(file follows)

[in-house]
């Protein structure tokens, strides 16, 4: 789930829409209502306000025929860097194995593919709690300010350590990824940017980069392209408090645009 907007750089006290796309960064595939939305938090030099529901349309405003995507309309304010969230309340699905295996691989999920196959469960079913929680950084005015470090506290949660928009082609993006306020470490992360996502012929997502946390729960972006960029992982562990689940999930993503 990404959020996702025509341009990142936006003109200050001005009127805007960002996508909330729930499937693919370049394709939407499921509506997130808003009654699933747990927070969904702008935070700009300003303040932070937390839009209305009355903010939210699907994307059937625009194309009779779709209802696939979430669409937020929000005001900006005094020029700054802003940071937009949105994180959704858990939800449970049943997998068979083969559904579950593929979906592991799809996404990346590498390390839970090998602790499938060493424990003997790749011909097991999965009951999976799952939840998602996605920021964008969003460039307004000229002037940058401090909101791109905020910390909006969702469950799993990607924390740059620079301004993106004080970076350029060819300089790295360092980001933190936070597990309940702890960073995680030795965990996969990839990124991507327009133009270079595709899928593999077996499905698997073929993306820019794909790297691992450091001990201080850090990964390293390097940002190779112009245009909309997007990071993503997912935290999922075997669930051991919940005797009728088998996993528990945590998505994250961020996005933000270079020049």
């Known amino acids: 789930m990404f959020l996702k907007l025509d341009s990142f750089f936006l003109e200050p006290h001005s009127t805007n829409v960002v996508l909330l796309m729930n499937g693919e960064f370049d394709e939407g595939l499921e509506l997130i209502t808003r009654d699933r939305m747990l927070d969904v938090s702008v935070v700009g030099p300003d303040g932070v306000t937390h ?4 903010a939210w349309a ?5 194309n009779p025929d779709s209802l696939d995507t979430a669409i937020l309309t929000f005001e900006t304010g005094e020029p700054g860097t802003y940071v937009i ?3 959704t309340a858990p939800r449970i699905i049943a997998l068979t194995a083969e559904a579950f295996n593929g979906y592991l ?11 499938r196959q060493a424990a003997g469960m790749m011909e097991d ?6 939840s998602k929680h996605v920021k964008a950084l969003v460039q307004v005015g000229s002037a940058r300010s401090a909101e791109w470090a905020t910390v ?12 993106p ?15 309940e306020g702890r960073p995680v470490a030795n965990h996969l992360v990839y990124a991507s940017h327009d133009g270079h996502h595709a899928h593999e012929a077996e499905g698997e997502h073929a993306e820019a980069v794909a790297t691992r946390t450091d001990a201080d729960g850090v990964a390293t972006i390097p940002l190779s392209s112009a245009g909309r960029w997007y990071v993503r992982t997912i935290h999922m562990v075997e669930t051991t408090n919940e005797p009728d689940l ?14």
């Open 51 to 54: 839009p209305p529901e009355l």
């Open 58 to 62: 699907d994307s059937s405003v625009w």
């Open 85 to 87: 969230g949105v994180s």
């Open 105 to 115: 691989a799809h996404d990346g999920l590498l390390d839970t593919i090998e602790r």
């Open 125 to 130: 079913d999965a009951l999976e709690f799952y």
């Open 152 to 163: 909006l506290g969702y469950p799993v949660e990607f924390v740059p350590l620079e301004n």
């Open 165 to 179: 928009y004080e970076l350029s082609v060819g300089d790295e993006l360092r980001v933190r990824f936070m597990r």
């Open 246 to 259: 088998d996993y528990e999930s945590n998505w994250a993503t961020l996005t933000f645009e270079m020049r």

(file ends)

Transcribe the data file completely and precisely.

[in-house]
């Protein structure tokens, strides 16, 4: 789930829409209502306000025929860097194995593919709690300010350590990824940017980069392209408090645009 907007750089006290796309960064595939939305938090030099529901349309405003995507309309304010969230309340699905295996691989999920196959469960079913929680950084005015470090506290949660928009082609993006306020470490992360996502012929997502946390729960972006960029992982562990689940999930993503 990404959020996702025509341009990142936006003109200050001005009127805007960002996508909330729930499937693919370049394709939407499921509506997130808003009654699933747990927070969904702008935070700009300003303040932070937390839009209305009355903010939210699907994307059937625009194309009779779709209802696939979430669409937020929000005001900006005094020029700054802003940071937009949105994180959704858990939800449970049943997998068979083969559904579950593929979906592991799809996404990346590498390390839970090998602790499938060493424990003997790749011909097991999965009951999976799952939840998602996605920021964008969003460039307004000229002037940058401090909101791109905020910390909006969702469950799993990607924390740059620079301004993106004080970076350029060819300089790295360092980001933190936070597990309940702890960073995680030795965990996969990839990124991507327009133009270079595709899928593999077996499905698997073929993306820019794909790297691992450091001990201080850090990964390293390097940002190779112009245009909309997007990071993503997912935290999922075997669930051991919940005797009728088998996993528990945590998505994250961020996005933000270079020049």
């Known amino acids: 789930m990404f959020l996702k907007l025509d341009s990142f750089f936006l003109e200050p006290h001005s009127t805007n829409v960002v996508l909330l796309m729930n499937g693919e960064f370049d394709e939407g595939l499921e509506l997130i209502t808003r009654d699933r939305m747990l927070d969904v938090s702008v935070v700009g030099p300003d303040g932070v306000t937390h ?4 903010a939210w349309a ?5 194309n009779p025929d779709s209802l696939d995507t979430a669409i937020l309309t929000f005001e900006t304010g005094e020029p700054g860097t802003y940071v937009i ?3 959704t309340a858990p939800r449970i699905i049943a997998l068979t194995a083969e559904a579950f295996n593929g979906y592991l ?11 499938r196959q060493a424990a003997g469960m790749m011909e097991d ?6 939840s998602k929680h996605v920021k964008a950084l969003v460039q307004v005015g000229s002037a940058r300010s401090a909101e791109w470090a905020t910390v ?12 993106p ?15 309940e306020g702890r960073p995680v470490a030795n965990h996969l992360v990839y990124a991507s940017h327009d133009g270079h996502h595709a899928h593999e012929a077996e499905g698997e997502h073929a993306e820019a980069v794909a790297t691992r946390t450091d001990a201080d729960g850090v990964a390293t972006i390097p940002l190779s392209s112009a245009g909309r960029w997007y990071v993503r992982t997912i935290h999922m562990v075997e669930t051991t408090n919940e005797p009728d689940l ?14």
């Open 51 to 54: 839009p209305p529901e009355l």
């Open 58 to 62: 699907d994307s059937s405003v625009w």
């Open 85 to 87: 969230g949105v994180s």
């Open 105 to 115: 691989a799809h996404d990346g999920l590498l390390d839970t593919i090998e602790r």
């Open 125 to 130: 079913d999965a009951l999976e709690f799952y």
């Open 152 to 163: 909006l506290g969702y469950p799993v949660e990607f924390v740059p350590l620079e301004n």
């Open 165 to 179: 928009y004080e970076l350029s082609v060819g300089d790295e993006l360092r980001v933190r990824f936070m597990r």
């Open 246 to 259: 088998d996993y528990e999930s945590n998505w994250a993503t961020l996005t933000f645009e270079m020049r």